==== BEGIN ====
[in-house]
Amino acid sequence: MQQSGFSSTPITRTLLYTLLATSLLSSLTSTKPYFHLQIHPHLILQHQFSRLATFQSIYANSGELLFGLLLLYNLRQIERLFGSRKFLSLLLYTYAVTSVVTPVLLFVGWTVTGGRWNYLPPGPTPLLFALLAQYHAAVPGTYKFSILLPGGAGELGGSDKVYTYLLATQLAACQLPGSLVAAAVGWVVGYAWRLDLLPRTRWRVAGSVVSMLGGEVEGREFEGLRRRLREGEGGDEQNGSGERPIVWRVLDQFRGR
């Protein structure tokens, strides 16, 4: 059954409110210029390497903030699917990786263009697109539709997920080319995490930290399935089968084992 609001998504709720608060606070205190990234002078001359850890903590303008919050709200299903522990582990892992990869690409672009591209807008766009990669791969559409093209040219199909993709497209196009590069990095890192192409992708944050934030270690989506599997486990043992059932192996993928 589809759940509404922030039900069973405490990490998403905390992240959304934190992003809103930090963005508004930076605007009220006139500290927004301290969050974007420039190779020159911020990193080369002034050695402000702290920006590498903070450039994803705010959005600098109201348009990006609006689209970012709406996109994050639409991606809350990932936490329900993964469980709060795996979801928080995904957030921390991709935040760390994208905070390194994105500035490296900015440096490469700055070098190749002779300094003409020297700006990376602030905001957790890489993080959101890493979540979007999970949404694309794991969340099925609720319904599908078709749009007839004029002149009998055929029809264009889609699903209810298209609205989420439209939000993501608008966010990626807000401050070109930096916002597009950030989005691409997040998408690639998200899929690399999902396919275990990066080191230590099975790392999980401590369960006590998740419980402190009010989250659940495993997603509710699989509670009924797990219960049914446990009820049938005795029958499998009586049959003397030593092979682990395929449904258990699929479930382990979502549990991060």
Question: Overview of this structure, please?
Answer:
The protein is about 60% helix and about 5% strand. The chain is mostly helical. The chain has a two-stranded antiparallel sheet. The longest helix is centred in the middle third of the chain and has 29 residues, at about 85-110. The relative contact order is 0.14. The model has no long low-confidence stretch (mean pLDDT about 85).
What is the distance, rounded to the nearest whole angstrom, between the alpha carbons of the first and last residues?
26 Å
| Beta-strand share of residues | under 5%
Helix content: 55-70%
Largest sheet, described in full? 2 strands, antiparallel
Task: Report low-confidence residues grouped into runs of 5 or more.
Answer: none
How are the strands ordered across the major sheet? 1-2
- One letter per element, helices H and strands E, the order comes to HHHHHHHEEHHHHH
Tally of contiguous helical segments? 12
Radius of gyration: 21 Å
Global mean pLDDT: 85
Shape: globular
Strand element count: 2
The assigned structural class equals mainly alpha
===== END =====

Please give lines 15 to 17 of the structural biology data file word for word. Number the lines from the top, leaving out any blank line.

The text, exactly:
- One letter per element, helices H and strands E, the order comes to HHHHHHHEEHHHHH
Tally of contiguous helical segments? 12
Radius of gyration: 21 Å